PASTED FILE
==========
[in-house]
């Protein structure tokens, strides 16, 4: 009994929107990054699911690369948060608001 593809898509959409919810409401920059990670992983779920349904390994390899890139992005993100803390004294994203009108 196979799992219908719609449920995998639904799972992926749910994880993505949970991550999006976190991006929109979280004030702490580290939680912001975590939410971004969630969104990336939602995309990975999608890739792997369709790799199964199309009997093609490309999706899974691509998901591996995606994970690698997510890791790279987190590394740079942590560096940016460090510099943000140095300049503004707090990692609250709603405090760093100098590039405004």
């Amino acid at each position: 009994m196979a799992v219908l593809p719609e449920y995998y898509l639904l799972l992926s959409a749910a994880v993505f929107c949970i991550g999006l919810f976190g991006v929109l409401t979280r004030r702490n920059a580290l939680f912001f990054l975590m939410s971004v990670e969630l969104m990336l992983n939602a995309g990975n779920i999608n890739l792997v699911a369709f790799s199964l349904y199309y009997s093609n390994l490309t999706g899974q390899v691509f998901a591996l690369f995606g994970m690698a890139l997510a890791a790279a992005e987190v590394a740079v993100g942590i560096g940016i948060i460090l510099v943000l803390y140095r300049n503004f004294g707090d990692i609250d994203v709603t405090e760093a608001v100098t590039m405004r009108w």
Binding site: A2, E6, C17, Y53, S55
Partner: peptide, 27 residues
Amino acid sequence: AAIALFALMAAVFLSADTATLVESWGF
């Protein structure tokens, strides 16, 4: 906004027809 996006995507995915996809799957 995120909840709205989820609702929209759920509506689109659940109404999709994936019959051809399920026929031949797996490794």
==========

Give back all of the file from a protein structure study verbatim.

[in-house]
């Protein structure tokens, strides 16, 4: 009994929107990054699911690369948060608001 593809898509959409919810409401920059990670992983779920349904390994390899890139992005993100803390004294994203009108 196979799992219908719609449920995998639904799972992926749910994880993505949970991550999006976190991006929109979280004030702490580290939680912001975590939410971004969630969104990336939602995309990975999608890739792997369709790799199964199309009997093609490309999706899974691509998901591996995606994970690698997510890791790279987190590394740079942590560096940016460090510099943000140095300049503004707090990692609250709603405090760093100098590039405004």
């Amino acid at each position: 009994m196979a799992v219908l593809p719609e449920y995998y898509l639904l799972l992926s959409a749910a994880v993505f929107c949970i991550g999006l919810f976190g991006v929109l409401t979280r004030r702490n920059a580290l939680f912001f990054l975590m939410s971004v990670e969630l969104m990336l992983n939602a995309g990975n779920i999608n890739l792997v699911a369709f790799s199964l349904y199309y009997s093609n390994l490309t999706g899974q390899v691509f998901a591996l690369f995606g994970m690698a890139l997510a890791a790279a992005e987190v590394a740079v993100g942590i560096g940016i948060i460090l510099v943000l803390y140095r300049n503004f004294g707090d990692i609250d994203v709603t405090e760093a608001v100098t590039m405004r009108w």
Binding site: A2, E6, C17, Y53, S55
Partner: peptide, 27 residues
Amino acid sequence: AAIALFALMAAVFLSADTATLVESWGF
């Protein structure tokens, strides 16, 4: 906004027809 996006995507995915996809799957 995120909840709205989820609702929209759920509506689109659940109404999709994936019959051809399920026929031949797996490794």